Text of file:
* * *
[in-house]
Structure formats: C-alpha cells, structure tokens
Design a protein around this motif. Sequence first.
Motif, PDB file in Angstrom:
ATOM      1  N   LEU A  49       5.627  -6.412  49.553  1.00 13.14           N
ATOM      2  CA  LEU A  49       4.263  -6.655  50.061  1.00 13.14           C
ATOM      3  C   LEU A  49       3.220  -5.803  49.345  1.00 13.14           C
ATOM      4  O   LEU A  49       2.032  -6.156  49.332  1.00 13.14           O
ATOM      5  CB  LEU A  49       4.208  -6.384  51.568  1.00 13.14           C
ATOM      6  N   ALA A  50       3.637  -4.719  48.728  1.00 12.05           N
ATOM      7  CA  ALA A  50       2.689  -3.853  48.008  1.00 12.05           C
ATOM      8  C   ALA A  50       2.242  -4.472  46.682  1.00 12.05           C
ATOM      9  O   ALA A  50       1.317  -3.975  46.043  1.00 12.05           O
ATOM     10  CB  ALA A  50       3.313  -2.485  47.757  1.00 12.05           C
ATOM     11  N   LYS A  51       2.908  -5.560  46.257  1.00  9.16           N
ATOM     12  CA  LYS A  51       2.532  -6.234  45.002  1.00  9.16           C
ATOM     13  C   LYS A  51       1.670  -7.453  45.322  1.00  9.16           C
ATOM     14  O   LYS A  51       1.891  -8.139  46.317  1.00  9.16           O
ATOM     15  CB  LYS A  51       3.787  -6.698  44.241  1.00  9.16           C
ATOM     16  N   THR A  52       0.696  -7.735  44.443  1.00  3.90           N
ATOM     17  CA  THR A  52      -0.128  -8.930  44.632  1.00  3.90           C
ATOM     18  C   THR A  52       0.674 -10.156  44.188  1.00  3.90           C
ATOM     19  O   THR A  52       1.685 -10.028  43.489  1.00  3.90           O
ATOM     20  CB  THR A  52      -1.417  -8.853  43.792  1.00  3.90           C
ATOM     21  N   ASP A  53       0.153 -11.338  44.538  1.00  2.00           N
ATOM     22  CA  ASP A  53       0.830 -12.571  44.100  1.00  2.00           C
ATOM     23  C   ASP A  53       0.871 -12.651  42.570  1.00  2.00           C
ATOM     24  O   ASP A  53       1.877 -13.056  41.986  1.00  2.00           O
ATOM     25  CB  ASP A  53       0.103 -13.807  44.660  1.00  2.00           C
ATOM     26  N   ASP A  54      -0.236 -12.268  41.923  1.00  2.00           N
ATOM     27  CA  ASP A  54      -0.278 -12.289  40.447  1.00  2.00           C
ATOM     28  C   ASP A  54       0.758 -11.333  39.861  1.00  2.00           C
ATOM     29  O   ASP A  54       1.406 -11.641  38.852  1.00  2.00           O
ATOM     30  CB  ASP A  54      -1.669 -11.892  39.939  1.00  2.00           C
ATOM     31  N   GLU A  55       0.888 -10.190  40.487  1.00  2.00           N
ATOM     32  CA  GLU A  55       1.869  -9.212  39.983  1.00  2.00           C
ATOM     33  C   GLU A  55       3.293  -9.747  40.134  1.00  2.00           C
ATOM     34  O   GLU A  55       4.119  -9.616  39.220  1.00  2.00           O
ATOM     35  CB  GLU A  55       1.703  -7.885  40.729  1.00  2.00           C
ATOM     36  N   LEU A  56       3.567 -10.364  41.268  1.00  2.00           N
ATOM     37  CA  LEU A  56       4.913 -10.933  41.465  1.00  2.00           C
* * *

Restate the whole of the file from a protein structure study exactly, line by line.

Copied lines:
[in-house]
Structure formats: C-alpha cells, structure tokens
Design a protein around this motif. Sequence first.
Motif, PDB file in Angstrom:
ATOM      1  N   LEU A  49       5.627  -6.412  49.553  1.00 13.14           N
ATOM      2  CA  LEU A  49       4.263  -6.655  50.061  1.00 13.14           C
ATOM      3  C   LEU A  49       3.220  -5.803  49.345  1.00 13.14           C
ATOM      4  O   LEU A  49       2.032  -6.156  49.332  1.00 13.14           O
ATOM      5  CB  LEU A  49       4.208  -6.384  51.568  1.00 13.14           C
ATOM      6  N   ALA A  50       3.637  -4.719  48.728  1.00 12.05           N
ATOM      7  CA  ALA A  50       2.689  -3.853  48.008  1.00 12.05           C
ATOM      8  C   ALA A  50       2.242  -4.472  46.682  1.00 12.05           C
ATOM      9  O   ALA A  50       1.317  -3.975  46.043  1.00 12.05           O
ATOM     10  CB  ALA A  50       3.313  -2.485  47.757  1.00 12.05           C
ATOM     11  N   LYS A  51       2.908  -5.560  46.257  1.00  9.16           N
ATOM     12  CA  LYS A  51       2.532  -6.234  45.002  1.00  9.16           C
ATOM     13  C   LYS A  51       1.670  -7.453  45.322  1.00  9.16           C
ATOM     14  O   LYS A  51       1.891  -8.139  46.317  1.00  9.16           O
ATOM     15  CB  LYS A  51       3.787  -6.698  44.241  1.00  9.16           C
ATOM     16  N   THR A  52       0.696  -7.735  44.443  1.00  3.90           N
ATOM     17  CA  THR A  52      -0.128  -8.930  44.632  1.00  3.90           C
ATOM     18  C   THR A  52       0.674 -10.156  44.188  1.00  3.90           C
ATOM     19  O   THR A  52       1.685 -10.028  43.489  1.00  3.90           O
ATOM     20  CB  THR A  52      -1.417  -8.853  43.792  1.00  3.90           C
ATOM     21  N   ASP A  53       0.153 -11.338  44.538  1.00  2.00           N
ATOM     22  CA  ASP A  53       0.830 -12.571  44.100  1.00  2.00           C
ATOM     23  C   ASP A  53       0.871 -12.651  42.570  1.00  2.00           C
ATOM     24  O   ASP A  53       1.877 -13.056  41.986  1.00  2.00           O
ATOM     25  CB  ASP A  53       0.103 -13.807  44.660  1.00  2.00           C
ATOM     26  N   ASP A  54      -0.236 -12.268  41.923  1.00  2.00           N
ATOM     27  CA  ASP A  54      -0.278 -12.289  40.447  1.00  2.00           C
ATOM     28  C   ASP A  54       0.758 -11.333  39.861  1.00  2.00           C
ATOM     29  O   ASP A  54       1.406 -11.641  38.852  1.00  2.00           O
ATOM     30  CB  ASP A  54      -1.669 -11.892  39.939  1.00  2.00           C
ATOM     31  N   GLU A  55       0.888 -10.190  40.487  1.00  2.00           N
ATOM     32  CA  GLU A  55       1.869  -9.212  39.983  1.00  2.00           C
ATOM     33  C   GLU A  55       3.293  -9.747  40.134  1.00  2.00           C
ATOM     34  O   GLU A  55       4.119  -9.616  39.220  1.00  2.00           O
ATOM     35  CB  GLU A  55       1.703  -7.885  40.729  1.00  2.00           C
ATOM     36  N   LEU A  56       3.567 -10.364  41.268  1.00  2.00           N
ATOM     37  CA  LEU A  56       4.913 -10.933  41.465  1.00  2.00           C